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Swiss Court Halts Non-Competitive Contract With Microsoft 95

Posted by timothy
from the order-and-law dept.
Ade writes "Looks like the challenge to the Swiss Administrative Court concerning the government contract given to Microsoft without any public bidding was successful: The court has issued a temporary injunction (note: article in German) against the Federal Office of Buildings and Logistics (BBL), effectively stopping the CHF 14M (£8M; $15M)-contract to deliver licenses and support for software used on government computers for the next three years. According to Swiss Government practices, any contract over CHF 50'000 has to undergo a public call for offers. The BBL cited 'no serious alternatives' as the reason which this contract never did."
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Swiss Court Halts Non-Competitive Contract With Microsoft

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  • by Anonymous Coward on Thursday May 28, 2009 @03:44PM (#28128851)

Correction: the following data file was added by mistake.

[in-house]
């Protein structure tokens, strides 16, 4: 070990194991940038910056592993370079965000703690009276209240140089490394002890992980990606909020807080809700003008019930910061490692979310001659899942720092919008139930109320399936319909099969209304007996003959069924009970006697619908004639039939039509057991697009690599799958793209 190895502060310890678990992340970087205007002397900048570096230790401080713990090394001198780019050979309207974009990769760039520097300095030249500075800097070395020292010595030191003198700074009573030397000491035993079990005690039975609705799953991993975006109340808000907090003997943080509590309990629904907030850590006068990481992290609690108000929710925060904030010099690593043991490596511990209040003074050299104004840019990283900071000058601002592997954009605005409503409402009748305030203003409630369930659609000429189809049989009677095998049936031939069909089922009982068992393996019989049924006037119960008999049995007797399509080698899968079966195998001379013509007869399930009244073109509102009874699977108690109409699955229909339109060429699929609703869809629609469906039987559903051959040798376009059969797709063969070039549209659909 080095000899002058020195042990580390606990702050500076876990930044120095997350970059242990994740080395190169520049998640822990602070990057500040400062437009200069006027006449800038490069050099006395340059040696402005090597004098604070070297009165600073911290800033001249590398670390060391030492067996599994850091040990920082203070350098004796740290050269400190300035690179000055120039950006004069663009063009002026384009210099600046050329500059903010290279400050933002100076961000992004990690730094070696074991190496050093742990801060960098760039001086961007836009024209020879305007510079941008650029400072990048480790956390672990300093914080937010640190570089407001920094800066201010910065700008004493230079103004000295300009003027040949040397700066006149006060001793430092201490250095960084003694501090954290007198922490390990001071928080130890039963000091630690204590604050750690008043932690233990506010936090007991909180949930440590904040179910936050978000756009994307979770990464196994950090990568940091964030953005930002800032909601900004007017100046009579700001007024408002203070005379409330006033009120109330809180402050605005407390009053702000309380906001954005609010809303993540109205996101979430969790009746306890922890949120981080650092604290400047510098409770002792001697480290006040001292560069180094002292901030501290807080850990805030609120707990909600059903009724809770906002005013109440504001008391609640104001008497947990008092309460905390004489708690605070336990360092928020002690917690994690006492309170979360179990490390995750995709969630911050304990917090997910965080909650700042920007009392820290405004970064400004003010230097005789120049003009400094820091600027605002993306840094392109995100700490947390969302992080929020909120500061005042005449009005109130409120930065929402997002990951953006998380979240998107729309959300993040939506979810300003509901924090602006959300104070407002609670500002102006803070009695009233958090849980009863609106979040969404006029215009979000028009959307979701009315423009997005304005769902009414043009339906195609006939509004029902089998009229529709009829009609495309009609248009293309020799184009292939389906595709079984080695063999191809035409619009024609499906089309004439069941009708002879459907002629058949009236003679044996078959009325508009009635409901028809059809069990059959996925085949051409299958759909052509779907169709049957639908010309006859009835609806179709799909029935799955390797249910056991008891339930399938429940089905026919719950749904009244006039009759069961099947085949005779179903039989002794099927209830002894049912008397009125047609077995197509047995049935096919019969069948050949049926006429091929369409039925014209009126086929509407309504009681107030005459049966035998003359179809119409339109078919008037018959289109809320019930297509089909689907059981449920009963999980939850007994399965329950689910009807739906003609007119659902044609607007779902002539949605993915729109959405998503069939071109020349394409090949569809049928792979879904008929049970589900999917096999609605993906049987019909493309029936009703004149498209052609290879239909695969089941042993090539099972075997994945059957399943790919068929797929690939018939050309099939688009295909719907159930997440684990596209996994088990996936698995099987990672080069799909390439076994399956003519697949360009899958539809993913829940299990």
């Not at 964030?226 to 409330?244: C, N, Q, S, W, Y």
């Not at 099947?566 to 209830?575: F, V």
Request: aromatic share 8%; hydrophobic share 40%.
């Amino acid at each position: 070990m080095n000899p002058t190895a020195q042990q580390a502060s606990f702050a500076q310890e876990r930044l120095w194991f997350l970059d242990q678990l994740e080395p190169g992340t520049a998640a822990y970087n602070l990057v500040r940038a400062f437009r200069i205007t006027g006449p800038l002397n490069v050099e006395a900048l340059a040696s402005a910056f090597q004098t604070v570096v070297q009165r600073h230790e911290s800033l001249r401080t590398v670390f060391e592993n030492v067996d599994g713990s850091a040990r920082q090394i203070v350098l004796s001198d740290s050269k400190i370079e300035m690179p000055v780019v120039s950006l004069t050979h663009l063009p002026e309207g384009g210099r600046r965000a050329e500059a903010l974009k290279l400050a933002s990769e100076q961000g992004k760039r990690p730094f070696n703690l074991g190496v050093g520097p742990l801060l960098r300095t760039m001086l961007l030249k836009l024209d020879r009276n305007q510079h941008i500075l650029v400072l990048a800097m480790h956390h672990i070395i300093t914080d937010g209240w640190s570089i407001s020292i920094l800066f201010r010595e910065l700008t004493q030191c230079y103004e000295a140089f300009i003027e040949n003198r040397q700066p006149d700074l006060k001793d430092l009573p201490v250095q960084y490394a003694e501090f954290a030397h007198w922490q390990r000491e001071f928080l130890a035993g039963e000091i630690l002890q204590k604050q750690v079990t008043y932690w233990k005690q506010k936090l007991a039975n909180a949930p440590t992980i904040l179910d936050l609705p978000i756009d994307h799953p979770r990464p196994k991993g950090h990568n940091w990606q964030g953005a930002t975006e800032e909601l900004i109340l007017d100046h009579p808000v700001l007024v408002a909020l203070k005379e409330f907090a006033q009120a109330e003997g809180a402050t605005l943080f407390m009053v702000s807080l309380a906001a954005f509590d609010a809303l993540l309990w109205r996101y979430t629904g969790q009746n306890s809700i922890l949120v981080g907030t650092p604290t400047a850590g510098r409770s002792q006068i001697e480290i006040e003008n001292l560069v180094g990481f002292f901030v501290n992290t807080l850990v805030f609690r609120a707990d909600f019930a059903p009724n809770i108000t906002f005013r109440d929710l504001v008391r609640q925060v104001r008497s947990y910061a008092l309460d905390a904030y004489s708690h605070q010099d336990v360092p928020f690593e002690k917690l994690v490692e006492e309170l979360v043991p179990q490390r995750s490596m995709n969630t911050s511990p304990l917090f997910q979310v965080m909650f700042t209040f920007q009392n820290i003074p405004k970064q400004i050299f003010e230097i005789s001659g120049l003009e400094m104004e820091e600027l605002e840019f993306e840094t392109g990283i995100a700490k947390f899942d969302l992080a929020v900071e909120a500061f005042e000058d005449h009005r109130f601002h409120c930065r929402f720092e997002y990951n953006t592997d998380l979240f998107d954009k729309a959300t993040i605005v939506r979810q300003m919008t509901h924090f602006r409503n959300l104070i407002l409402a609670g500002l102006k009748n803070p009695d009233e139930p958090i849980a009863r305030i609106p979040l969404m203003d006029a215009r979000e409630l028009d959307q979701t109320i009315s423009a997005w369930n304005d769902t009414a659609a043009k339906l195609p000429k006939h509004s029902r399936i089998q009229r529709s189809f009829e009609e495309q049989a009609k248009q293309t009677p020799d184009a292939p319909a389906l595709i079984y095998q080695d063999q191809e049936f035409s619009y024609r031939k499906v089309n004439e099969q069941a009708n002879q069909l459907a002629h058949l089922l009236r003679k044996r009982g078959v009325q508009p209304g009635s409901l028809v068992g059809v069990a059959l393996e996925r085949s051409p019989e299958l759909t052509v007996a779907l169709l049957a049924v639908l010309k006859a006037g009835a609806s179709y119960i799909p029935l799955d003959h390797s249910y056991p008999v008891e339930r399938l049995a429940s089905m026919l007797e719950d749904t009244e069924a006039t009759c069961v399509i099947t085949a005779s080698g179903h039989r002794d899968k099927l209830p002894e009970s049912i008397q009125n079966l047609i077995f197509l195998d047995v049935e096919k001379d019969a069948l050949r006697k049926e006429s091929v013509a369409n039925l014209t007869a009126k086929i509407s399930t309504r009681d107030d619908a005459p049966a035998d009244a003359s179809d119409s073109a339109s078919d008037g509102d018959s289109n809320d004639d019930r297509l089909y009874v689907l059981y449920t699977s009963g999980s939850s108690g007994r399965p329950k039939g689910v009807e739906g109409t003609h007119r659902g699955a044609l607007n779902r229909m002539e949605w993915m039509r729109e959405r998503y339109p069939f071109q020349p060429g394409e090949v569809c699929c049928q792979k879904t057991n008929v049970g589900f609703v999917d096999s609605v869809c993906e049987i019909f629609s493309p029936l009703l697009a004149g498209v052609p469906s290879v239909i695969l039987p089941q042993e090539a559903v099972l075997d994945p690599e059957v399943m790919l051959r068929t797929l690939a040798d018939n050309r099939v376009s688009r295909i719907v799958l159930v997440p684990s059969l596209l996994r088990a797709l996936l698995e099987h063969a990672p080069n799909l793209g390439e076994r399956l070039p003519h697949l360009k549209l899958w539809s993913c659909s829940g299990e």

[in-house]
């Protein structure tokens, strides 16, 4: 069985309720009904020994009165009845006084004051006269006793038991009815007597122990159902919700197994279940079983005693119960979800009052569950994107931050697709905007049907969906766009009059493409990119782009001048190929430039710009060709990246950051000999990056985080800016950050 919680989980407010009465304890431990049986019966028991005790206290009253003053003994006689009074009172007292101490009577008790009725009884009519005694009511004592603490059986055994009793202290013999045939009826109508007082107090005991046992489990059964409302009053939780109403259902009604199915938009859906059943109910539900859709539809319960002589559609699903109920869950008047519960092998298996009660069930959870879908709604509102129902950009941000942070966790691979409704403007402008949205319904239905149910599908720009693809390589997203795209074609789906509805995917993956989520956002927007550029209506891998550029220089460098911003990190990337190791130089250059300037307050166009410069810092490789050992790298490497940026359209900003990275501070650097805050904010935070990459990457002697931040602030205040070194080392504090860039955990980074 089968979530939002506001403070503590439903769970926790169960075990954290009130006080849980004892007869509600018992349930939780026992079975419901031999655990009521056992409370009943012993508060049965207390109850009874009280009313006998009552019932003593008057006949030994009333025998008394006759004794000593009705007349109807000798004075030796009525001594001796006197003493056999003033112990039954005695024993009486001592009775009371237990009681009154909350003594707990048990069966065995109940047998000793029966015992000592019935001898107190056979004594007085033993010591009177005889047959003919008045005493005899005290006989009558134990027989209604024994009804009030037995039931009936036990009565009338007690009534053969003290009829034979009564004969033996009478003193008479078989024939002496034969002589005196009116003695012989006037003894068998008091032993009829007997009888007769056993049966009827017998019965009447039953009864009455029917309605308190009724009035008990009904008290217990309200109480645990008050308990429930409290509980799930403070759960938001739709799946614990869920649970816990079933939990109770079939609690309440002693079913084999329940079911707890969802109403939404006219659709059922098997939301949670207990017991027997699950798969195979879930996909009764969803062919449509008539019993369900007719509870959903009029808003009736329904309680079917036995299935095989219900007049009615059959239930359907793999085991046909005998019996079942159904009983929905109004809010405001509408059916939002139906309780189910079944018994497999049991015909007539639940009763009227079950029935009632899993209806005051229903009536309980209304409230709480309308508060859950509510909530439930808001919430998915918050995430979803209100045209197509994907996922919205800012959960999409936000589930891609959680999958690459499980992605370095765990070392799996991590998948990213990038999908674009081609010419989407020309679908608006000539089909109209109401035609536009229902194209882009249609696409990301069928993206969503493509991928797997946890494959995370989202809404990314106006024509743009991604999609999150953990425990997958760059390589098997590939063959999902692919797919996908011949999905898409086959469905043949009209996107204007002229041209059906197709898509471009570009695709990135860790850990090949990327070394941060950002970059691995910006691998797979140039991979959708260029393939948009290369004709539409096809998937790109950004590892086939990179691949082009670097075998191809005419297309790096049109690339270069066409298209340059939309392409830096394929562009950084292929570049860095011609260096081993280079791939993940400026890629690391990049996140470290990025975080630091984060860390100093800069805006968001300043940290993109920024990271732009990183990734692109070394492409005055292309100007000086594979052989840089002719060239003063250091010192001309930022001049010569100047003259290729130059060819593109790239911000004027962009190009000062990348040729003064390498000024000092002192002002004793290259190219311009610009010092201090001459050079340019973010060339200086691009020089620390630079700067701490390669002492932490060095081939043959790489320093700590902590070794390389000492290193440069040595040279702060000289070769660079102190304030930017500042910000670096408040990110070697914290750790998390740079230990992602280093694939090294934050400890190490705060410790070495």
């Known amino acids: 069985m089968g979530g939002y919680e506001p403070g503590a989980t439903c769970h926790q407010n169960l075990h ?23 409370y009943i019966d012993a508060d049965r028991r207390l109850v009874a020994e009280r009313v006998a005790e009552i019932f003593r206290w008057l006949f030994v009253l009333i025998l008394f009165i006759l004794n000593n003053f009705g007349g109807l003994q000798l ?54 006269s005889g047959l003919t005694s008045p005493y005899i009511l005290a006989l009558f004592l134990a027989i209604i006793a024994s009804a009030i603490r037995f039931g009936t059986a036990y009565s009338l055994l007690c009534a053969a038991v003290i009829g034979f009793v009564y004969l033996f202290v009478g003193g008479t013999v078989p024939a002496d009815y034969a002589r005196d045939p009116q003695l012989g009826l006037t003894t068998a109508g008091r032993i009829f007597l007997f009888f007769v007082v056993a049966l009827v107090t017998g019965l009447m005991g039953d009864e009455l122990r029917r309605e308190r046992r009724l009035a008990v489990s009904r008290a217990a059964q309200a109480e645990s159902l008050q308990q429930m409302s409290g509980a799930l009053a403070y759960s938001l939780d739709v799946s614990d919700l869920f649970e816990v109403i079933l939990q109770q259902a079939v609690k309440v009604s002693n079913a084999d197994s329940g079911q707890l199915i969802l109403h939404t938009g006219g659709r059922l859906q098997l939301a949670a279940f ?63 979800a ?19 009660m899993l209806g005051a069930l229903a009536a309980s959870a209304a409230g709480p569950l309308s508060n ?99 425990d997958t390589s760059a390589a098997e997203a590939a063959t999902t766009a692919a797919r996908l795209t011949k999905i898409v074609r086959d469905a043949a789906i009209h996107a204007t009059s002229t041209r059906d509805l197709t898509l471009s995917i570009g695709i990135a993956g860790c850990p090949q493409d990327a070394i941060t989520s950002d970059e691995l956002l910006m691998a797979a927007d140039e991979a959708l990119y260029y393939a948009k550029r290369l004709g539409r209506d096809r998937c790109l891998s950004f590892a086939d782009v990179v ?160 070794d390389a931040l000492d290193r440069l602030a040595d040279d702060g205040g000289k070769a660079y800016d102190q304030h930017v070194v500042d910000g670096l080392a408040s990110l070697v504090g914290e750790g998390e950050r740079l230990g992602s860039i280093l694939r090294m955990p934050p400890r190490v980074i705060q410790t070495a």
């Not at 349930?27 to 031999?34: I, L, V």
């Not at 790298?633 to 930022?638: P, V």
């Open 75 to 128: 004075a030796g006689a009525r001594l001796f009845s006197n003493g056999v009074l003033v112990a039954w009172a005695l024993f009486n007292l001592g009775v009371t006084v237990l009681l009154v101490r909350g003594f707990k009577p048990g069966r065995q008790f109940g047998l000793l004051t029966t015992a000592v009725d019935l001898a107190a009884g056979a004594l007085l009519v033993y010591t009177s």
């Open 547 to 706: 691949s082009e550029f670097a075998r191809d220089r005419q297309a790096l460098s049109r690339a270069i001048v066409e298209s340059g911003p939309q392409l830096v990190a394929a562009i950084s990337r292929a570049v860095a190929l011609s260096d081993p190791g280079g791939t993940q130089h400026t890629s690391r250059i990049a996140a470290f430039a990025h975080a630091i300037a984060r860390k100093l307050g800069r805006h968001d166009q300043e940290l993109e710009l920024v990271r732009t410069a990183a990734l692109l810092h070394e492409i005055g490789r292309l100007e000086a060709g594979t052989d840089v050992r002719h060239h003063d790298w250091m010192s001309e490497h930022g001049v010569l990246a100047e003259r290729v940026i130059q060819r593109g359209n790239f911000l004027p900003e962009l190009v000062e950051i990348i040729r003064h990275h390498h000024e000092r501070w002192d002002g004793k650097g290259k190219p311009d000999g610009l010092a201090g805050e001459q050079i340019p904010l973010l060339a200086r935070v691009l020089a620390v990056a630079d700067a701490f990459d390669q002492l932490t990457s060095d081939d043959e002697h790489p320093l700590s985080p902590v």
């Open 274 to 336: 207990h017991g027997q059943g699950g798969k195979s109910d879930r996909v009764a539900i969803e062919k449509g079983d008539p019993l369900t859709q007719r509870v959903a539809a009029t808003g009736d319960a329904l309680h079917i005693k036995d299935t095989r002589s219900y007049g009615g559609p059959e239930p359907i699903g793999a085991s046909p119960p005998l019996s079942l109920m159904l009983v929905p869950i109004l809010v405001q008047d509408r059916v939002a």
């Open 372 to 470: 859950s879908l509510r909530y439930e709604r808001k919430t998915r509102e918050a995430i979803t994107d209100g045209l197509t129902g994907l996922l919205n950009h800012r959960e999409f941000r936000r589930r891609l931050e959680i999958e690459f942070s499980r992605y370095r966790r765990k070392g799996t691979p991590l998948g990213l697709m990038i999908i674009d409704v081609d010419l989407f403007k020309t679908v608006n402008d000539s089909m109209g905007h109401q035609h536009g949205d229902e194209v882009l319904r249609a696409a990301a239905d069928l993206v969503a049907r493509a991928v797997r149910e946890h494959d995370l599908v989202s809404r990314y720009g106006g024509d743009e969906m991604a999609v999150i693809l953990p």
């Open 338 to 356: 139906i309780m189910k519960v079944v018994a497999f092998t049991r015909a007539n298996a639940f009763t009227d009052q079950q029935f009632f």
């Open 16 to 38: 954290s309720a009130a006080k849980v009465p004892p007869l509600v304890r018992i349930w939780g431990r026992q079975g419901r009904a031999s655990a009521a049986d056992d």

Why don't you just leave Microsoft alone, after everything it's been through!
    • by Jurily (900488)

      Why don't you just leave Microsoft alone, after everything it's been through!

      They're still convicted on anti-trust laws and they're still in business, that's why.

  • by XanC (644172) on Thursday May 28, 2009 @03:48PM (#28128935)

    If your requirement is to be able to run Windows software, then there may in fact be "no serious alternatives". Now, clearly they should step back and look at the bigger picture.

    • Re: (Score:2, Insightful)

      If your requirement is to be able to run Windows software, then there may in fact be "no serious alternatives".

      A realistic goal for the agency would have been more like "run whatever software gets the job done". For every job, there's a non-Microsoft product that is at least worth consideration.

      I suspect this is simply a case of non-technical bureaucrats getting in over their heads making purchasing decisions when they should've handed it off to their IT folks (if they even have any).

      • by MoldySpore (1280634) on Thursday May 28, 2009 @04:05PM (#28129231)

        It is ALWAYS the non-technical bureaucrats making the purchasing decisions, since they have the money. But it is the job of the IT/Computer Techs/Nerds under their command to show them the alternatives and, clearly, state why X is better than Y.

        Sure, sometimes that non-technical bureaucrat will still go with an option that most tech-savvy people wouldn't (such as going open source), more times than not "free" + "works almost the same" is enough to get the higher-ups on board. Although the cost of retraining an entire user-base of employees on how to use Linux effectively is a much bigger step than switching from, say, MS Office to OpenOffice.